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how to convert date in varchar format into datetime Expand / Collapse
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Posted Saturday, September 28, 2013 4:56 AM
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Hello Everyone,

I have table in which date is in varchar format i.e. '29/09/2013'

now I want to insert the records in table1 into table2 where datatype of datecolumn is datetime so I need to convert the date in Datetime format for that I am writing the following query:

Select convert(datetime,ltrim(rtrim(replace('28/09/2013','','')))+' 00:00:00.000') from TMP_MAPPING

but I am getting error massege:
Msg 242, Level 16, State 3, Line 3
The conversion of a varchar data type to a datetime data type resulted in an out-of-range value.

can any on help me how can I import the data into my main table.
Post #1499671
Posted Saturday, September 28, 2013 5:37 AM


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Look in books online for the format codes for CONVERT and use the one that matches the data that you have.


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Post #1499676
Posted Monday, September 30, 2013 12:30 AM
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Hi,
Please visit this page to know the options available in Convert function
http://technet.microsoft.com/en-us/library/ms187928.aspx
Post #1499849
Posted Monday, September 30, 2013 12:45 AM
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CONVERT function will help u in this.(different styling).
Post #1499858
Posted Monday, September 30, 2013 1:18 AM
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SELECT CONVERT(DATETIME,'29/09/2013',103)

Use the convert function and the date style that suits best for your operations.
Post #1499873
Posted Wednesday, October 2, 2013 10:29 PM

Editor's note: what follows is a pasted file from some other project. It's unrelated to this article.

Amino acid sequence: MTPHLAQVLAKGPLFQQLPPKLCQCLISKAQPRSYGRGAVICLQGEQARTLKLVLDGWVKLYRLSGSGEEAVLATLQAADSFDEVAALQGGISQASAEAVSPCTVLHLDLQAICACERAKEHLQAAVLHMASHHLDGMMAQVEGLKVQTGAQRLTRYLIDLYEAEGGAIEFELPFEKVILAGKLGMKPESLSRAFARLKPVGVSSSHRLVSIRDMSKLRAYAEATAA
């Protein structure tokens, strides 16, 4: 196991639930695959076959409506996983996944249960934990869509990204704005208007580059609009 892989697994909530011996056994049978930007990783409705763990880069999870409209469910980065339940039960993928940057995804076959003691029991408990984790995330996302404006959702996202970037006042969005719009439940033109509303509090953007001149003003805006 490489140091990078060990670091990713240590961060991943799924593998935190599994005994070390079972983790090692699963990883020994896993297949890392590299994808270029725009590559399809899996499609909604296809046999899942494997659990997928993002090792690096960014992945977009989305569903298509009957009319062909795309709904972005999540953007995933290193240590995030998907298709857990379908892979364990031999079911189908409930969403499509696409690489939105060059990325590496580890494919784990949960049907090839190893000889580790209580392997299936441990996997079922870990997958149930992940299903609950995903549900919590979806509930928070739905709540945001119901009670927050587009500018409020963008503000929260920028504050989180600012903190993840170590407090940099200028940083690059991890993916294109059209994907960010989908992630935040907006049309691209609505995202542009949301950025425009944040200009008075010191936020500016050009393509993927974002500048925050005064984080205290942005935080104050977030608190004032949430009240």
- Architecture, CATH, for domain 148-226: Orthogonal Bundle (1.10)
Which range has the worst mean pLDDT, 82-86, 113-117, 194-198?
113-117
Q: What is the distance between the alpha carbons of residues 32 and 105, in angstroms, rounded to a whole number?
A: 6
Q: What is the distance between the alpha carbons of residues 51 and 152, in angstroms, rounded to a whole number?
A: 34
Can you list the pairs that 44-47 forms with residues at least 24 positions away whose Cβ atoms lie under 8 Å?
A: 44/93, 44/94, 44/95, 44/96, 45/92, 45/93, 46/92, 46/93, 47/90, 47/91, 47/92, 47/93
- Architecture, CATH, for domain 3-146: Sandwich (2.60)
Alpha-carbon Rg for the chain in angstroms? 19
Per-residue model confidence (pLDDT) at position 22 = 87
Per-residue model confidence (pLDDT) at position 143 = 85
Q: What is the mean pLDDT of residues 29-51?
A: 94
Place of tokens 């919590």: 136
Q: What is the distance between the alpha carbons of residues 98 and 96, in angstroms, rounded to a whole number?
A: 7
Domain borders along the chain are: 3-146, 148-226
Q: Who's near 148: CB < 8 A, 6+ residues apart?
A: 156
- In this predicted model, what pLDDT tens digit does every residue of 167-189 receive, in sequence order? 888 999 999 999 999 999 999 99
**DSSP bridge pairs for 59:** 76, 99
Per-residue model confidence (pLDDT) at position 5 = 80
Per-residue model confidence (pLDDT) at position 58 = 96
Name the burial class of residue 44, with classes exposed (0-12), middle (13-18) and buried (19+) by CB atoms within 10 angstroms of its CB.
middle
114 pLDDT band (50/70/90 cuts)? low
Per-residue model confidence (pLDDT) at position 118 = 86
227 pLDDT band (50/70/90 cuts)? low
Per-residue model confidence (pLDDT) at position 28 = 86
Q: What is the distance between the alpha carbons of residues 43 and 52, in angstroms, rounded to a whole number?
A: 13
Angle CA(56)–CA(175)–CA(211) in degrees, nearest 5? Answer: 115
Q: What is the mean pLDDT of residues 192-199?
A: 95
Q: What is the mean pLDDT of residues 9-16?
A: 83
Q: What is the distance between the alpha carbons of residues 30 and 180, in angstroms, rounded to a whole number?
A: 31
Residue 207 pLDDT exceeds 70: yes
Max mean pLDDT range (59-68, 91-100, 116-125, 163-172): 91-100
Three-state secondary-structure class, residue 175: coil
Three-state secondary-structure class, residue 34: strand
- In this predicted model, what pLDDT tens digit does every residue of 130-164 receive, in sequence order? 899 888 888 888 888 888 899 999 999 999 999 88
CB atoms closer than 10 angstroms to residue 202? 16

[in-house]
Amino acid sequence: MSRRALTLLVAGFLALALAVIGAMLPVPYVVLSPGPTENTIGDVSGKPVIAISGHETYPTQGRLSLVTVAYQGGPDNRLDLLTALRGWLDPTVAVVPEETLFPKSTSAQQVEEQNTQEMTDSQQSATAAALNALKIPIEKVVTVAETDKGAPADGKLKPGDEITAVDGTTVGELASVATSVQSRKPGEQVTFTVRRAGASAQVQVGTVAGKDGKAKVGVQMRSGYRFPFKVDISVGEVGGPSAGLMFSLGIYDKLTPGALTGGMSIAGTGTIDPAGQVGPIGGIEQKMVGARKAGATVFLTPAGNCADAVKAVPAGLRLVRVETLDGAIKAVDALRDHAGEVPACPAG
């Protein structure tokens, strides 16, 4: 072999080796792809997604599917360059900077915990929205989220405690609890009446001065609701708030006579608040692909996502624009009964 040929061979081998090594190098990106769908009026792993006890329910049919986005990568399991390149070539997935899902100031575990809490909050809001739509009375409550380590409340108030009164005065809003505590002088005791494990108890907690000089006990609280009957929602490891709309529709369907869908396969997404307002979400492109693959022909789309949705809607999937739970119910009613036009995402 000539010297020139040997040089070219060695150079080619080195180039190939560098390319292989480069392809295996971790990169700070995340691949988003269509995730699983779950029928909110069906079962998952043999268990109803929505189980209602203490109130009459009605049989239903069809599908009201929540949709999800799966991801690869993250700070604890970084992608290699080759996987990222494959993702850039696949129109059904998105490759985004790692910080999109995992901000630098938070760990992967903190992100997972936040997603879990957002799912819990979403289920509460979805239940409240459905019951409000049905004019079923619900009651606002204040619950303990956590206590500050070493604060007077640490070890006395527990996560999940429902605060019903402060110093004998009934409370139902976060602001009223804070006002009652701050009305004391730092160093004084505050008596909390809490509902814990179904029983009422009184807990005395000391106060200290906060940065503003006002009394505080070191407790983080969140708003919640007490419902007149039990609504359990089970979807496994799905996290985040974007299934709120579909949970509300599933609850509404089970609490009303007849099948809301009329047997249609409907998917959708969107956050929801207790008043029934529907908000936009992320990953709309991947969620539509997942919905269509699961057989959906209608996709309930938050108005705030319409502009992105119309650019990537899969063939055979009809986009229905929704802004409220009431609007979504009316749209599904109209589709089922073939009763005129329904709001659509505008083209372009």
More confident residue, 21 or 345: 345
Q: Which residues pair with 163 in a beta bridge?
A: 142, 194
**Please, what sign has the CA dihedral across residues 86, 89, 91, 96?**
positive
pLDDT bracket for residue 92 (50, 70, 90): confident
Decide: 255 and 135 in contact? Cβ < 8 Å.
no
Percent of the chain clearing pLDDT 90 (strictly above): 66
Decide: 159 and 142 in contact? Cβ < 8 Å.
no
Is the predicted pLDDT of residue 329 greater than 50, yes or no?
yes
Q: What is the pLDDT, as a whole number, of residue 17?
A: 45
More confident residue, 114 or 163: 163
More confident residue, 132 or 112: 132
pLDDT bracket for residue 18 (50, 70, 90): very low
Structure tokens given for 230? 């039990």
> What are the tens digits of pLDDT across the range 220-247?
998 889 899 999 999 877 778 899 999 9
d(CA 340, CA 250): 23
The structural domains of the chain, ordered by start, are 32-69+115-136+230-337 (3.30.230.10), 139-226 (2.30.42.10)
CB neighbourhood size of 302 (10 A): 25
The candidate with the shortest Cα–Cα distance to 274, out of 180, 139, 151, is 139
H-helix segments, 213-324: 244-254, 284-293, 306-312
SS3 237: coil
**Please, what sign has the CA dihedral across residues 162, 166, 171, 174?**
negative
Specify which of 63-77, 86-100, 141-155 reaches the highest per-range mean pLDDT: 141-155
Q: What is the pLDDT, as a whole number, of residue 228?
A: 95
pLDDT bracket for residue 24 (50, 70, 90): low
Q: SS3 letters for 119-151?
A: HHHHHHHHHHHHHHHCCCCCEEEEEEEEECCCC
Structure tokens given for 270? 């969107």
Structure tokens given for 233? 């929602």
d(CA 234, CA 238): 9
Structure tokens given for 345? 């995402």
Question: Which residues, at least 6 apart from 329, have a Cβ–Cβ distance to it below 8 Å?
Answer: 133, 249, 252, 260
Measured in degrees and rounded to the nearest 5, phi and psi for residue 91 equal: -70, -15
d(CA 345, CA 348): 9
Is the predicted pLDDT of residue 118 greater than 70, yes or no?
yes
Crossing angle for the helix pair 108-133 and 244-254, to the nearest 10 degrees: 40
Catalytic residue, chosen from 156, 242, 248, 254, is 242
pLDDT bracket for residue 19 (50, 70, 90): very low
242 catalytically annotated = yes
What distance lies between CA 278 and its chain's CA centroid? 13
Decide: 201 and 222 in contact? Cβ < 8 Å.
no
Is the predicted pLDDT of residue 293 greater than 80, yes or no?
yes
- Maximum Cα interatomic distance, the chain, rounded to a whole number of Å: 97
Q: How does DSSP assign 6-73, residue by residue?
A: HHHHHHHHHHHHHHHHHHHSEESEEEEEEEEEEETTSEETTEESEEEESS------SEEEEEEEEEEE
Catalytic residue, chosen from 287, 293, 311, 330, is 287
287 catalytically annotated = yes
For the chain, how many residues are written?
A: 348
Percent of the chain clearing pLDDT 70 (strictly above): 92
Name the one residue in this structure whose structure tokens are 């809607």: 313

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If I'm reading this right, you're not trying to CONVERT a DATETIME to a dd/mm/yyyy format, rather you're trying to go the other way.

Try this:

 WITH SampleData (d) AS
(
SELECT '29/09/2013'
UNION ALL SELECT '1/09/2013'
UNION ALL SELECT '02/4/2013'
UNION ALL SELECT '3/3/2013'
)
SELECT yy, dd, mm, CAST(yy + '-' + mm + '-' + dd AS DATETIME)
FROM SampleData
CROSS APPLY
(
SELECT yy=RIGHT(d, CHARINDEX('/', REVERSE(d))-1)
,dd=LEFT(d, CHARINDEX('/', d)-1)
,mm=REPLACE(SUBSTRING(d, CHARINDEX('/', d) + 1, 2), '/', '')
) a;





My mantra: No loops! No CURSORs! No RBAR! Hoo-uh!

My thought question: Have you ever been told that your query runs too fast?

My advice:
INDEXing a poor-performing query is like putting sugar on cat food. Yeah, it probably tastes better but are you sure you want to eat it?
The path of least resistance can be a slippery slope. Take care that fixing your fixes of fixes doesn't snowball and end up costing you more than fixing the root cause would have in the first place.


Need to UNPIVOT? Why not CROSS APPLY VALUES instead?
Since random numbers are too important to be left to chance, let's generate some!
Learn to understand recursive CTEs by example.
Splitting strings based on patterns can be fast!
Post #1500982
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